Crank.Spin.Putter-Putter-Putter. Click. Swipe. Type. These are the sounds that circulate in my mind as I architect the #hearmyhome project. Most days, it feels like I am building the plane while flying it. Working to circulate and collaborate with participants, I network the project on Twitter, Facebook, and Instagram while simultaneously actually designing the platform. Other days, I feel as if I am a mere observer, watching, lurking, and learning from users whose soundscapes are helping me begin to earwitness to the everyday. Despite these setbacks and feels of failure, I want to talk about sound as a way to “hear” participant and user collaboration.

In addition to the CHI Fellowship, my colleague Cassie Brownell and I received support from the NCTE Research Initiative Grant to explore sound, more broadly, as a mechanism for understanding community literacies and cultural rhetorics. As I detailed in earlier posts, the #hearmyhome project examines everyday sonic compositions as expressive means for articulating culture(s). We were curious how composing with sound may attune us towards difference; or, what Vasudevan would call a “multimodal cosmopolitanism.” What I find most insightful, however, are not the sound symphony products, but rather the array of questions we receive as users and participants try to collaborate. “Am I doing this right?” “Should mine look like yours?” “What are you doing for the hard of hearing? How do we ‘listen’ and participate in the project?” These questions have invited us to take a step back and examine not only the formal structure of the project (the layout, design, and blueprint of HTML/CSS) but also the purpose and politics of participation. To whom and for whom are we listening, connecting, and building with?

Examples of #SE1 and #SE2 Soundscapes

Two sonic events (#SE) into the #hearmyhome project, we will continue to build, expand, and forward these types of inquiry while also working to co-construct (with participation from users and participants) a networked map detailing particular locations of soundscapes and sonic ecologies. As a sonic archive that examines everyday cultural heritage through rhythmic rituals and mundane music, we value an expansive range of voices. As we gear up for #SE3 (sonic event 3), we invite you to record, to lurk, to share, to like, and to participate in the project. Jump into the cockpit and help us earwitness the everyday.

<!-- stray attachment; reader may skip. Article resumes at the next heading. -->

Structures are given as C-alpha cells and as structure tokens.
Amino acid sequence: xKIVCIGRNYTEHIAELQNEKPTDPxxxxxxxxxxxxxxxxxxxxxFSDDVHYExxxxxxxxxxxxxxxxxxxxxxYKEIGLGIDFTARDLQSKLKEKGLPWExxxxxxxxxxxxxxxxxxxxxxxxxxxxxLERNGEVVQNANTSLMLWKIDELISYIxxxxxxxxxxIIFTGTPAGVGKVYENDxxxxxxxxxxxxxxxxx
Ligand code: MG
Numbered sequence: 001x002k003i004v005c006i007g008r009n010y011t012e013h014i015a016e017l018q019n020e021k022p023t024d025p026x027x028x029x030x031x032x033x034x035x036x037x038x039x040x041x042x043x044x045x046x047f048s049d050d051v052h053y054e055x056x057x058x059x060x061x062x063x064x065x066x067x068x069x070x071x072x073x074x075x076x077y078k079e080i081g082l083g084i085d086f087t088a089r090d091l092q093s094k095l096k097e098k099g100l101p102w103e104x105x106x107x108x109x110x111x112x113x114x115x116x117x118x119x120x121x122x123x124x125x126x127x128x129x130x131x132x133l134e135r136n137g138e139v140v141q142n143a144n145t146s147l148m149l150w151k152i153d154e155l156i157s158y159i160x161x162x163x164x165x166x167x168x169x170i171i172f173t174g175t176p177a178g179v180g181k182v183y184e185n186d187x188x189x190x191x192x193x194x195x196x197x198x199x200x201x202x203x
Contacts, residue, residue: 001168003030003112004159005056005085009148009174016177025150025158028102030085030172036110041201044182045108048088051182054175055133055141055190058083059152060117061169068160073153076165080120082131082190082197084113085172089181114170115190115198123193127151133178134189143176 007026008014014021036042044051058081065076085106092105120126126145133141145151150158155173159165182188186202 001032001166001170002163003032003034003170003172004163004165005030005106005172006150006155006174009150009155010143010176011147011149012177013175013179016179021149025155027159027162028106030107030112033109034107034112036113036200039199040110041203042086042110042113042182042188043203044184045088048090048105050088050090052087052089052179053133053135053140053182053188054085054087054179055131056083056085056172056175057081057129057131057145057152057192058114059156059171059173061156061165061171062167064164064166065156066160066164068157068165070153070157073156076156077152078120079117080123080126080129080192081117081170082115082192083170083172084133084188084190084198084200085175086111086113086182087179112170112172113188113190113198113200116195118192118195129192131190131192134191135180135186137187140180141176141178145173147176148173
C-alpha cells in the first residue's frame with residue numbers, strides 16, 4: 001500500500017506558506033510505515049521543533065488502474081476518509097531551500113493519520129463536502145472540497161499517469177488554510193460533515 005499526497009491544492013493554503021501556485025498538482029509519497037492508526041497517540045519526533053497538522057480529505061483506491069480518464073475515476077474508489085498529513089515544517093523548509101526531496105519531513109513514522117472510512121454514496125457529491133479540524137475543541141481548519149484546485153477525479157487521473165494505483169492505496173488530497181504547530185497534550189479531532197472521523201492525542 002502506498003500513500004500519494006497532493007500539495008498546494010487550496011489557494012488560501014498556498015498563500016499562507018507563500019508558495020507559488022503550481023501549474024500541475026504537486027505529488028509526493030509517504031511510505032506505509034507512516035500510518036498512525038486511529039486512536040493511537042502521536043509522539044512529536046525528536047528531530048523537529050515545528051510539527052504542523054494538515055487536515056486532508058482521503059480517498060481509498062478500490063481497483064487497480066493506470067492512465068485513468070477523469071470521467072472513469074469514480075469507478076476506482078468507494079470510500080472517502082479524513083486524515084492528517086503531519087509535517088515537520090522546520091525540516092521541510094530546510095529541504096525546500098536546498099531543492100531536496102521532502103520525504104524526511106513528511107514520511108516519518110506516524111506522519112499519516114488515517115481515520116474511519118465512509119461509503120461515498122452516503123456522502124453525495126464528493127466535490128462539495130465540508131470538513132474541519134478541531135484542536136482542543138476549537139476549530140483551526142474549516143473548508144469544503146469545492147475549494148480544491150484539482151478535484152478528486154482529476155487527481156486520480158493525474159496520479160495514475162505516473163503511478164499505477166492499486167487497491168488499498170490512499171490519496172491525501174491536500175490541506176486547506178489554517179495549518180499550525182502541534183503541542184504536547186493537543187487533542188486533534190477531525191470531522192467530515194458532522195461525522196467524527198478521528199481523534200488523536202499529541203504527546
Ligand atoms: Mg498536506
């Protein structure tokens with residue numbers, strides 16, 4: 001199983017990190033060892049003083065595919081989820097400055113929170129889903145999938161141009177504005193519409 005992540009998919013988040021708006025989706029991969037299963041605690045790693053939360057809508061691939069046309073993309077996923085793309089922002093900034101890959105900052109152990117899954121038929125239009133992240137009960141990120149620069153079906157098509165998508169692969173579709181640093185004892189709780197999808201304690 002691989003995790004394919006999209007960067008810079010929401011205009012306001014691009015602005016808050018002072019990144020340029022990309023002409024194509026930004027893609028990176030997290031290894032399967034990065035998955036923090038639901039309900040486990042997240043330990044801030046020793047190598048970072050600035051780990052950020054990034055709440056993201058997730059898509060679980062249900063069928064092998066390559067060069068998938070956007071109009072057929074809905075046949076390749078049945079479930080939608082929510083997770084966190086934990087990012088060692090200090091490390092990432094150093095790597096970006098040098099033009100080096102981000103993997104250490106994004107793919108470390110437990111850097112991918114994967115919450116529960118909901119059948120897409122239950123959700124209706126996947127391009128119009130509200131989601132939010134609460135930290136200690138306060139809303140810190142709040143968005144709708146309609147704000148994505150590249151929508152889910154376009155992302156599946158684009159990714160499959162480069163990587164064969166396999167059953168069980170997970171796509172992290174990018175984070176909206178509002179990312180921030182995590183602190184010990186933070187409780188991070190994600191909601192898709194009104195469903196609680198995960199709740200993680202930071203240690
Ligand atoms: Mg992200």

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December 18, 2015

Attuning to Cultural Differences through Community Soundscapescapes

December 18, 2015 | By | No Comments

Screen Shot 2015-12-18 at 9.17.05 AMAs new(er) communicative landscapes emerge, humanities educators and research in the teaching of cultural heritage have enthusiastically embraced digital and visual culture. From more (g)local understandings of cosmopolitanism to understanding how locative literacies and contemporary technologies are mediating youth identity making with place, the digital has made its mark. Despite this renewed emphasis on multimodality, however, the aural and sonic possibilities of composing with and through sound is ignored. In response to this tuning out, #hearmyhome is an “everyday” cultural heritage informatics project that interrogates how individuals write community through and with sound. Examining everyday people produced soundscapes, #hearmyhome inquires how hearing difference and listening to communities may re-educate the senses and attune us towards cultural difference. Ultimately developing materials that hear, recognize, and sustain community literacies and cultural rhetorics, #hearmyhome asks us to take heed of the frequencies and rhythms of culture as we architect, design, and teach towards more equitable landscapes for learning.

So, What Does This Look / Sound Like?

Screen Shot 2015-12-18 at 9.22.00 AM#hearmyhome will function as a mobile website with a participatory map-archive of soundscapes composed. Given #hearmyhome’s pedagogical intent, the project will be built and co-constructed through a series of “sonic events” happening across February, March, and April. As a participatory cultural heritage informatics project, we hope to circulate the project through a variety of writing partners/organizations (e.g., National Writing Project, #CLMOOC, #WalkMyWorld, Becoming 3lectric) in hopes to gain new followers and participants. Outside of the more participatory aspect of the project, #hearmyhome will also include archived cultural soundscapes taken from pre-existing audio-based community literacy sites/projects.

Interested in an Audio Overview? Listen here and follow us on SoundCloud!

Want to Participate?

Using the #hearmyhome tag, users will have the opportunity to input basic profile information (i.e. first name, age, where they live, text descriptors), and record the everyday soundscapes of their communities, rituals, cultures, etc.  Audio, comments, usernames, and locations will pull into a live map hosted on the mobile site. #hearmyhome will only pull in social media updates for users with geotagging services turned on (Instagram, Vine, Twitter) and #hearmyhome included in post. In addition to the “live” map hosted on the mobile site, sonic curricular resources for youth and teachers interested in composing everyday cultural heritage with and through sound (lesson/project plans, etc.) will be included and hosted on the site.hearmyhome3